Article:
Lovers of the Dogue de Bordeaux breed know their dogs to be loyal, calm, and intelligent. Although their life expectancy is so short, an average life span of only 5 to 8 years according to the AKC, aficionados of the breed would think of having no other dog.
With their stocky build, crumpled face, and permanently worried expression, Dogues get attention wherever they go, often from people who recognize “Hooch”.
Although the Dogue de Bordeaux ‘cracked’ America in the 80s when Beasley the dog, starred alongside Tom Hanks in Turner and Hooch, the breed has a long history in its native France.
History of the Dogue de Bodeaux
The Dogue de Bordeaux is such an old breed that its true history is not fully known. Some say that it can be traced back to the war dogs of ancient Rome. Others say it originated in France in the 12th century and claim it as France’s oldest native breed.
Certainly The Molossers group to which the Dogue de Bordeaux belongs, which includes Neapolitan Mastiff, Fila Brasileiro, Cane Corso, Boxer, Great Dane and similar deep chested, strong set breeds is one of the oldest known dog groups in the world.
There were originally three different strains of Dogue named after the provinces in which they originated, Paris, Toulouse and Bordeaux. The Parisien lacked the underbite of today’s Dogue. The Toulousian had a longer muzzle and a variety of coat colors. Today’s Dogue de Bordeaux is closest to the Bordeaux branch.
The Father of the Dogue de Bordeaux
Interestingly, the breed would have likely died out if it had not become the passion project of a young teacher in the 1960s. Raymond Triquet was introduced to an old Dogue de Bordeaux by one of his students. So impressed was he by the magnificent creature, which he likened to a lion, that he devoted the rest of his life to saving and bettering the breed.
He wrote the first modern breed standard in 1970 which was revised in 1995 and 1999, and he collaborated with the AKC on the creation of the American bred standard.
Triquet’s love story with the breed is immortalized in his book, “The Saga of the Dogue de Bordeaux,” and you can read more about this remarkable man in Modern Molosser’s article:
An Interview with The Father of The Dogue De Bordeaux
General Breed Information and Facts
Dogues de Bordeaux are in the Working Group which the AKC describes as “Quick to learn, dogs of the Working Group are intelligent, strong, watchful, and alert. Bred to assist man, this dog breed excels at jobs such as guarding property, pulling sleds and performing water rescues.”
Dogues are big heavy dogs with the weight minimum for females being : 99 lbs and size at the shoulder, 23 inches. They have large heads, with a bulldog-like, underbite and many wrinkles. Their coats are short and fine and come in a variety of shades of orange, specifically/; Fawn, Isabella, Red, and Mahogany.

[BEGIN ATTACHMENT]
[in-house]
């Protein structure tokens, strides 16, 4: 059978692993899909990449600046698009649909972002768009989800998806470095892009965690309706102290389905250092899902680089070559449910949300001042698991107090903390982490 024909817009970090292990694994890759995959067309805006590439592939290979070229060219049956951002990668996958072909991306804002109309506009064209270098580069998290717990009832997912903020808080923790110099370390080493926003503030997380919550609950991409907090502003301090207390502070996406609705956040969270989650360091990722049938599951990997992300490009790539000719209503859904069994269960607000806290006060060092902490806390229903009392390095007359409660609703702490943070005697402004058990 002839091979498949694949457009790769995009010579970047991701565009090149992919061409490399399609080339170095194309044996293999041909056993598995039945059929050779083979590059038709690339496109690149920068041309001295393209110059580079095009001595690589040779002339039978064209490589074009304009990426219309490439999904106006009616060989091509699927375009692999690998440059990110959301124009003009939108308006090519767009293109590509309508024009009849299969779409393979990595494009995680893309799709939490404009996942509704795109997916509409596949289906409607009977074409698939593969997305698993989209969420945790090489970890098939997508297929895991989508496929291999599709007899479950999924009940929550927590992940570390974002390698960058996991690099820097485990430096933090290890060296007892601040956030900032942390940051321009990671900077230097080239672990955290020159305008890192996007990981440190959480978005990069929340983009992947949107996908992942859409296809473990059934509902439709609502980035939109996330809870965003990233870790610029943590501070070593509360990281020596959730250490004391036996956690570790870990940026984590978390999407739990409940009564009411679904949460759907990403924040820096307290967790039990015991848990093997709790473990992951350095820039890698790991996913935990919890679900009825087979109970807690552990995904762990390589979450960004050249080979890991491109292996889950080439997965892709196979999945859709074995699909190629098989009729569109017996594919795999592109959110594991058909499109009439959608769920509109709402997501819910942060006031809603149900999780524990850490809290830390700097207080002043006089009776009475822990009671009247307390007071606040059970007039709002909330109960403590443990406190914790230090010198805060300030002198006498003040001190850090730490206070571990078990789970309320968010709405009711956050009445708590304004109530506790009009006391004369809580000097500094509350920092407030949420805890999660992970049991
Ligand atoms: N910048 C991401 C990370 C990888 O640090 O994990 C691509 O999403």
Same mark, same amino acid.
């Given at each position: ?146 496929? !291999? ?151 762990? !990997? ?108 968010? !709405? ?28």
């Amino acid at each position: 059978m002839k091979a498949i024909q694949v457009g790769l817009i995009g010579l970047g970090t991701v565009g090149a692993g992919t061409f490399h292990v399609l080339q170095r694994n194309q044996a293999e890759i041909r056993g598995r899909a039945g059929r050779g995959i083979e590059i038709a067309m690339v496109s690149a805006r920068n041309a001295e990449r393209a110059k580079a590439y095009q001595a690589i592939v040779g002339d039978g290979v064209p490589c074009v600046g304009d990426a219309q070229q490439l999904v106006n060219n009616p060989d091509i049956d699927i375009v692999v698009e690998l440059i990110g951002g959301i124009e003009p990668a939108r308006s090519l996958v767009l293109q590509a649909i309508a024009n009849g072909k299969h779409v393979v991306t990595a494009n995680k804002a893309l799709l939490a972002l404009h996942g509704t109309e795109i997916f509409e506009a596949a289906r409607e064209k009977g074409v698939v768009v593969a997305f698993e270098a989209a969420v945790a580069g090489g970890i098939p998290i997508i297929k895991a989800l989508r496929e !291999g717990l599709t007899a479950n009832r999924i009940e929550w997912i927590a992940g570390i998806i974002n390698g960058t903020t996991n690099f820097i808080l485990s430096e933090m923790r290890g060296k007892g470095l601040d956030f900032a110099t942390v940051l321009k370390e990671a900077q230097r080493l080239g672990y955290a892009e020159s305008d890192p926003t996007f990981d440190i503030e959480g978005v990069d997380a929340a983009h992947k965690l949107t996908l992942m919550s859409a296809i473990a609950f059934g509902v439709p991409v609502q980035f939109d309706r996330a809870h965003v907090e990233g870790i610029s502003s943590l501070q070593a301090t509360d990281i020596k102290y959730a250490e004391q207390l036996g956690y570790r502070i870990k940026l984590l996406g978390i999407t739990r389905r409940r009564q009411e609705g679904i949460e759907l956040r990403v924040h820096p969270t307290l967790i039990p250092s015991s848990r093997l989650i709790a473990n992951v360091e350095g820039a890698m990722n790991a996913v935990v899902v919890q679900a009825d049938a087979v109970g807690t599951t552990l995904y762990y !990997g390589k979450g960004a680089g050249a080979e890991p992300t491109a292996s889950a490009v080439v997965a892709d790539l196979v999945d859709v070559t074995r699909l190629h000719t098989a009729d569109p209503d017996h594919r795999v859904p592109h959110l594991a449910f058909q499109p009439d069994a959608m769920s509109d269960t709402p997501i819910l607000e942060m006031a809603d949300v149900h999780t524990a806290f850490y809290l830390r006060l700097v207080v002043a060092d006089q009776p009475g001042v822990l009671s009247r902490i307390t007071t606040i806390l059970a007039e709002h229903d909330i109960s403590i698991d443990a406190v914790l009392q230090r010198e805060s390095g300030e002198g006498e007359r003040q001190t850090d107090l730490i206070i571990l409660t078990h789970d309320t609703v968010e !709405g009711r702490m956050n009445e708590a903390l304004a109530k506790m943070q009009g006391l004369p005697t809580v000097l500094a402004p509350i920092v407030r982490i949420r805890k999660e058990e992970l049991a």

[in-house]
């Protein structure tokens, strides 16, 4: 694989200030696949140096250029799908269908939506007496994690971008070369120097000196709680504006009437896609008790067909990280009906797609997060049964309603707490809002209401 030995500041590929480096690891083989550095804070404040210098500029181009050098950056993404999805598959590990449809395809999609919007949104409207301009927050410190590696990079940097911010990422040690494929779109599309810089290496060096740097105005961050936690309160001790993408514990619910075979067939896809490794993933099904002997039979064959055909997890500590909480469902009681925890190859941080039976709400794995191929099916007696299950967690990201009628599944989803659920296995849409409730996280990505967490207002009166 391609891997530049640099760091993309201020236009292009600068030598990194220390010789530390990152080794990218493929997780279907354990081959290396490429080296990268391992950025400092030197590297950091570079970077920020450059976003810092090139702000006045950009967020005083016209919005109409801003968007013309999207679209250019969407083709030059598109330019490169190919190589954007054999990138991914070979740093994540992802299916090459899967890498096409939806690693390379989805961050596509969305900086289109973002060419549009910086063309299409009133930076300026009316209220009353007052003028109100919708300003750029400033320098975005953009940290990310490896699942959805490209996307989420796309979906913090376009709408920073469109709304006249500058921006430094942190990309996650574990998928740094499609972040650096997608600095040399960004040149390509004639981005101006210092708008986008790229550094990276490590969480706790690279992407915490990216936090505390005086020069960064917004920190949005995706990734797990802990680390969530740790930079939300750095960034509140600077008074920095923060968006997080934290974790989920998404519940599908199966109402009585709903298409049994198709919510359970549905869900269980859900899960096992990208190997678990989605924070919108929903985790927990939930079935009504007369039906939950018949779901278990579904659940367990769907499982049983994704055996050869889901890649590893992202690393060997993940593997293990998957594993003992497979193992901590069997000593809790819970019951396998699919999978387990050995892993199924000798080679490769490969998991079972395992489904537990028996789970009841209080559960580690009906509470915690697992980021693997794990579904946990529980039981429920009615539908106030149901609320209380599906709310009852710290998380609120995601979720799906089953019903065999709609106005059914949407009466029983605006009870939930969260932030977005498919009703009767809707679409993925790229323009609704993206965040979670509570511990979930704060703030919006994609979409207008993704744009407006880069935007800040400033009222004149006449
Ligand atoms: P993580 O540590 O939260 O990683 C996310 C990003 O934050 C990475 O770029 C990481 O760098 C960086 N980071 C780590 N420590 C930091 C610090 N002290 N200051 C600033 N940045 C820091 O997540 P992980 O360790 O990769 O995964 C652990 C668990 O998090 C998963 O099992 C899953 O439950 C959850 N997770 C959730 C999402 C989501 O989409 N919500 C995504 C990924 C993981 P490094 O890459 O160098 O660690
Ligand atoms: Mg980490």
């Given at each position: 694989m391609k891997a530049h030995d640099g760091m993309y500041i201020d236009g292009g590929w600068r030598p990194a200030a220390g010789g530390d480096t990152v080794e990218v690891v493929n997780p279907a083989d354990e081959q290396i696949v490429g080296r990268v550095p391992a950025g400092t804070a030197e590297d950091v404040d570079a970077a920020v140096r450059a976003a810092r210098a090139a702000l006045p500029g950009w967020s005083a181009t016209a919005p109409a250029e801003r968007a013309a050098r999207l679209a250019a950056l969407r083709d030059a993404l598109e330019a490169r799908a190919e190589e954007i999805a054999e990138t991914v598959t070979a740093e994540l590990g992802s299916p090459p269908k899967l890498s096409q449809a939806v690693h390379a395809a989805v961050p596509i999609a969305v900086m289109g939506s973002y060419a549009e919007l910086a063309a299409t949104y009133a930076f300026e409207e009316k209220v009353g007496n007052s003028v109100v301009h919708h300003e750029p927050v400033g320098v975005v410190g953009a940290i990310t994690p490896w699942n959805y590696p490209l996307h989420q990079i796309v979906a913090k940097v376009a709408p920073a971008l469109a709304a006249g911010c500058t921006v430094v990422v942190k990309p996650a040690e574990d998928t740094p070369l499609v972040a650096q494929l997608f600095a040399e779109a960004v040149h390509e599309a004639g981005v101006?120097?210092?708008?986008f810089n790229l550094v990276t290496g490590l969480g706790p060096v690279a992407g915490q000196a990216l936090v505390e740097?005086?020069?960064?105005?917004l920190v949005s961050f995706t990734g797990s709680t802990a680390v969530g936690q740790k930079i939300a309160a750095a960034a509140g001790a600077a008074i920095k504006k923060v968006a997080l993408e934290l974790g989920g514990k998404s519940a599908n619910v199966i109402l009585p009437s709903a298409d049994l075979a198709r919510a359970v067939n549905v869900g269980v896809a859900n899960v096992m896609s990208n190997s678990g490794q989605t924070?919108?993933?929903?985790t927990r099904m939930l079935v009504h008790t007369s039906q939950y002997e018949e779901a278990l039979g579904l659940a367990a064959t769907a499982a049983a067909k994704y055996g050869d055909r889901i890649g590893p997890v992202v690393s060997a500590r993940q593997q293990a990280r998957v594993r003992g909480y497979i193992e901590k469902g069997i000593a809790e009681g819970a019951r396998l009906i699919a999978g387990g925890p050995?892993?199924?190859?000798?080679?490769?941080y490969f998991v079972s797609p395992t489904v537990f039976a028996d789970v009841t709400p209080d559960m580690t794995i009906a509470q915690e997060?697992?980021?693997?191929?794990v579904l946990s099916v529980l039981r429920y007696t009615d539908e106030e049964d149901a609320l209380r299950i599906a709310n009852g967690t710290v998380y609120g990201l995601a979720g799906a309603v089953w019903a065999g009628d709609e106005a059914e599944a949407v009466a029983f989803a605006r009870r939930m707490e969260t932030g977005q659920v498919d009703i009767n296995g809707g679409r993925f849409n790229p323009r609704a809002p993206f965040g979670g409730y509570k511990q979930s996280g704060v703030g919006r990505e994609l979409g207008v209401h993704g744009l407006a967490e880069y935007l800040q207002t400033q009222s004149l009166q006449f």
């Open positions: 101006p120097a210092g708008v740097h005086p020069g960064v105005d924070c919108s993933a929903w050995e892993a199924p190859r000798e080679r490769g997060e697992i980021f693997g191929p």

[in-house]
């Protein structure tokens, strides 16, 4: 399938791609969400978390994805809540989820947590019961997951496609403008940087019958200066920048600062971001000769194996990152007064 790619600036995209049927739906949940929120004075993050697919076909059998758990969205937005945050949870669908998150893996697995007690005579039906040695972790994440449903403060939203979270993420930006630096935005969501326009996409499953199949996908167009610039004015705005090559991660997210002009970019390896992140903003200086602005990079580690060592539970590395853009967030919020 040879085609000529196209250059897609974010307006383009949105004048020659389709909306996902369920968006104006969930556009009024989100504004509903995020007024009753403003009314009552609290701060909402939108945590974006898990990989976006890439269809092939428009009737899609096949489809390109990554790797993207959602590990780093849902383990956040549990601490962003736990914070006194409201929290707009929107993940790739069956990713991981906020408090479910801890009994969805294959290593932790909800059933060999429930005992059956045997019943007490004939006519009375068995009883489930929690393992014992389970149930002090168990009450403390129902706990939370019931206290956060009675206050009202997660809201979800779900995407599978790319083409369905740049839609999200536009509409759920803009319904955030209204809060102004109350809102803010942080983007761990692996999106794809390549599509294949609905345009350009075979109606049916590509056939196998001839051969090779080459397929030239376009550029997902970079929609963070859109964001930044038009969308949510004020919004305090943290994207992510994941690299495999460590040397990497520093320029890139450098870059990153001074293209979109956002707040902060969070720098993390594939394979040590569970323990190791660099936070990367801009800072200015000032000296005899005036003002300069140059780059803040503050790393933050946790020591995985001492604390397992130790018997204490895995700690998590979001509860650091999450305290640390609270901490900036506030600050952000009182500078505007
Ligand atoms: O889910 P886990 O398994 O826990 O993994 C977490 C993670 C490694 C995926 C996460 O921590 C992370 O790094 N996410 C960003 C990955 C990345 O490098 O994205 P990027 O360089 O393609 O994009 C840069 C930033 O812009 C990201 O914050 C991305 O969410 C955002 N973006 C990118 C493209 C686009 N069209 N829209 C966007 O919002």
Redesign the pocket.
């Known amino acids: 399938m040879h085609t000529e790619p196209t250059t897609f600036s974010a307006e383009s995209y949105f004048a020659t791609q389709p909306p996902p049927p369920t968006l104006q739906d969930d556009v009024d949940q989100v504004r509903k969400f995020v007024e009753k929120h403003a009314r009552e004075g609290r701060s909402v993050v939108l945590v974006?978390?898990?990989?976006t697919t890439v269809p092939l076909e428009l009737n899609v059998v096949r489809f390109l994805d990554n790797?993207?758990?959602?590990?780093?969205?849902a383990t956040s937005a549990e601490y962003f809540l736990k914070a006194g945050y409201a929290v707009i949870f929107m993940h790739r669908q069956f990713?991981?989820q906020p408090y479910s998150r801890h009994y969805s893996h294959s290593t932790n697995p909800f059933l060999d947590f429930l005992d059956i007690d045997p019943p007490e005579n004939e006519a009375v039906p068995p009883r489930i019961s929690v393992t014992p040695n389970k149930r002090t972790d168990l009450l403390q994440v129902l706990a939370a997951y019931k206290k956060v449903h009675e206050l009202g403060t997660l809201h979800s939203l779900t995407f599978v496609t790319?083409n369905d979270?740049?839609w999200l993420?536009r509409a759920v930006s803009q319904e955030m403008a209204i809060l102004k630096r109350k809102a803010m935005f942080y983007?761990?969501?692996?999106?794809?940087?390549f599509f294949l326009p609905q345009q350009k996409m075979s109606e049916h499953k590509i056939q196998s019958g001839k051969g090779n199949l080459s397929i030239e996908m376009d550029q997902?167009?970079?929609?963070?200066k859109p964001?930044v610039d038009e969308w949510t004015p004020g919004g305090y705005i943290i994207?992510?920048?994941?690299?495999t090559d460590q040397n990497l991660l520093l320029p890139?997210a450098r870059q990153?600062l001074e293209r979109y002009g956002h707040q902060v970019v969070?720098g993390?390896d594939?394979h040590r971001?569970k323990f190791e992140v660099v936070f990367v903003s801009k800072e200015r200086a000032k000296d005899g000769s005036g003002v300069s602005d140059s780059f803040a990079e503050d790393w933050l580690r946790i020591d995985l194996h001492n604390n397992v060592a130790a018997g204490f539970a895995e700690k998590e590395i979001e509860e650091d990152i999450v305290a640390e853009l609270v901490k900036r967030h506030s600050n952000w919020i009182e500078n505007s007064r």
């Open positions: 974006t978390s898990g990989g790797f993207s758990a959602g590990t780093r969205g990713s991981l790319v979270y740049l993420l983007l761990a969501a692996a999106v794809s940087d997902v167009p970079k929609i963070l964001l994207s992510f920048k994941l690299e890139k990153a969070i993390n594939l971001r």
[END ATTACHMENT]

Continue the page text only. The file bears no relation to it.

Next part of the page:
According to the AKC, Dogues will live 5 – 8 years but the venerable Kennel Club in the UK states that they will live, on average, over 10 years.
Dogues are calm and even-tempered. Obtaining a Dogue from a good breeder, you can expect an affectionate, loving and loyal companion, who with appropriate early socialization is good with both children and other animals.
However, like the Rottweiler and Doberman, the breed suffered for a while through a surge of interest from those who like the macho look. Whenever bad elelments pay money to unsrupulous breeders for the threatening aspect of a breed, you can expect both breed temperament and health to fall by the wayside.
Victoria Stilwell Talking Dogues de Bordeaux at the Westminster Dog Show
DDB Common Health Issues:
As with all the big doggo breeds, joint and bone issues are prevelant and this may manifest in pano growing pains or in hip/ elbow dysplasia as the dog ages. The combination of abundant wrinkes and excess drooling can result in infected skin so keeping wrinkle folds clean is a must.
The following chart shows the health issues that OFA requires and recommends health certification for. These should be checked with any breeders you speak to.
Common Questions about the Dogue De Bordeaux
Do Dogues de Bordeaux drool a lot?
Oh yes, they drool a lot. They are both brachycephalic and jowly, both of which contribute to the amount of slobber produced by Dogue de Bordeaux. Saliva also gathers in the folds of skin around the muzzle, and more of that is produced at feeding time and when your Dogue is hot.
Get in the habit of having slobber cloths around the house, mats extending out from under the food and water bowls and get crafty with old towels to make snazzy slobber bibs.
Are Dogues de Bordeaux hypoallergenic?
No, the Dogue would not be recommended to allergy sufferers. In general it is flakes of skin called dander that people react to, and, like most dogs, Dogues produce dander.